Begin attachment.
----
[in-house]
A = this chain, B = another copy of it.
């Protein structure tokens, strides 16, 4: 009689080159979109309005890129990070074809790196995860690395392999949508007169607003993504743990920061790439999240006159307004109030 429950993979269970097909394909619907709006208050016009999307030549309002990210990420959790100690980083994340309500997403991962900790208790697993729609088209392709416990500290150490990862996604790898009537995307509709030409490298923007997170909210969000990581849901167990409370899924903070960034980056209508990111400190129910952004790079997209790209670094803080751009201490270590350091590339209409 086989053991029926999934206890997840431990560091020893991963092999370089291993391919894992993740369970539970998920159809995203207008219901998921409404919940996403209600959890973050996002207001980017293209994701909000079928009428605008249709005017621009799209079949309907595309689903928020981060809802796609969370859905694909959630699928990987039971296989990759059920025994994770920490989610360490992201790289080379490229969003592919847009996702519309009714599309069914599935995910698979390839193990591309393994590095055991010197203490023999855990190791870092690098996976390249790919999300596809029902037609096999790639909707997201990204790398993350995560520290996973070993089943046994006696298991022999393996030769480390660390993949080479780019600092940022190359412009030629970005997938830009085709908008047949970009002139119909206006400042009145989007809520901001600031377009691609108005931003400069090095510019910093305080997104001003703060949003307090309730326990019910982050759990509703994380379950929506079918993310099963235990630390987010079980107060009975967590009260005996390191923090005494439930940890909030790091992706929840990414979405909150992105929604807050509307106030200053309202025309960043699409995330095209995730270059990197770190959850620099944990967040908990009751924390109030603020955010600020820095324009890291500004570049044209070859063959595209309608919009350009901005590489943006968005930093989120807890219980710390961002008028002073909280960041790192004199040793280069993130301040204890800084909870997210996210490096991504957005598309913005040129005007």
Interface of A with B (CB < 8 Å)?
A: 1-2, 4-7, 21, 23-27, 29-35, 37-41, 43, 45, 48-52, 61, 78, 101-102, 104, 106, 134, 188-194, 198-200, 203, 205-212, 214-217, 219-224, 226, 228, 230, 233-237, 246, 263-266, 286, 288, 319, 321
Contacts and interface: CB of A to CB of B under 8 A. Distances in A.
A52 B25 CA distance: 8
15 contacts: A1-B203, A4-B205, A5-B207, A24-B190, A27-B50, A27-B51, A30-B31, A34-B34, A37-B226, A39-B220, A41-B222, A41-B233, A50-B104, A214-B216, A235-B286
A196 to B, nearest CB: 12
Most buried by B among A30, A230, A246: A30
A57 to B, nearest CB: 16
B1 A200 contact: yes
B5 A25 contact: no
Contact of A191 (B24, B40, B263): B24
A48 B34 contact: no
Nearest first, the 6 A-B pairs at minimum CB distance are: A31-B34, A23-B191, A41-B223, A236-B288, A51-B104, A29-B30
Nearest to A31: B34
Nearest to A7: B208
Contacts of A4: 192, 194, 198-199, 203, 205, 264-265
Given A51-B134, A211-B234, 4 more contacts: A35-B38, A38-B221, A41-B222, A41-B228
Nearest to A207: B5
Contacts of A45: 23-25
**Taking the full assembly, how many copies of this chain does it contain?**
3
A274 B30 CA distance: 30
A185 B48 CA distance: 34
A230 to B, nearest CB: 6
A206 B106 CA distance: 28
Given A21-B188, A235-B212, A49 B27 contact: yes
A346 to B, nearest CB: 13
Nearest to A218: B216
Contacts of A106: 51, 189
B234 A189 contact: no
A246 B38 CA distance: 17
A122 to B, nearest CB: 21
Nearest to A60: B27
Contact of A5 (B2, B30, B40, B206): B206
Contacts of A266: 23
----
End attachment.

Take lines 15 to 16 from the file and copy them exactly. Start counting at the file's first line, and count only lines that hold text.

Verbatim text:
A48 B34 contact: no
Nearest first, the 6 A-B pairs at minimum CB distance are: A31-B34, A23-B191, A41-B223, A236-B288, A51-B104, A29-B30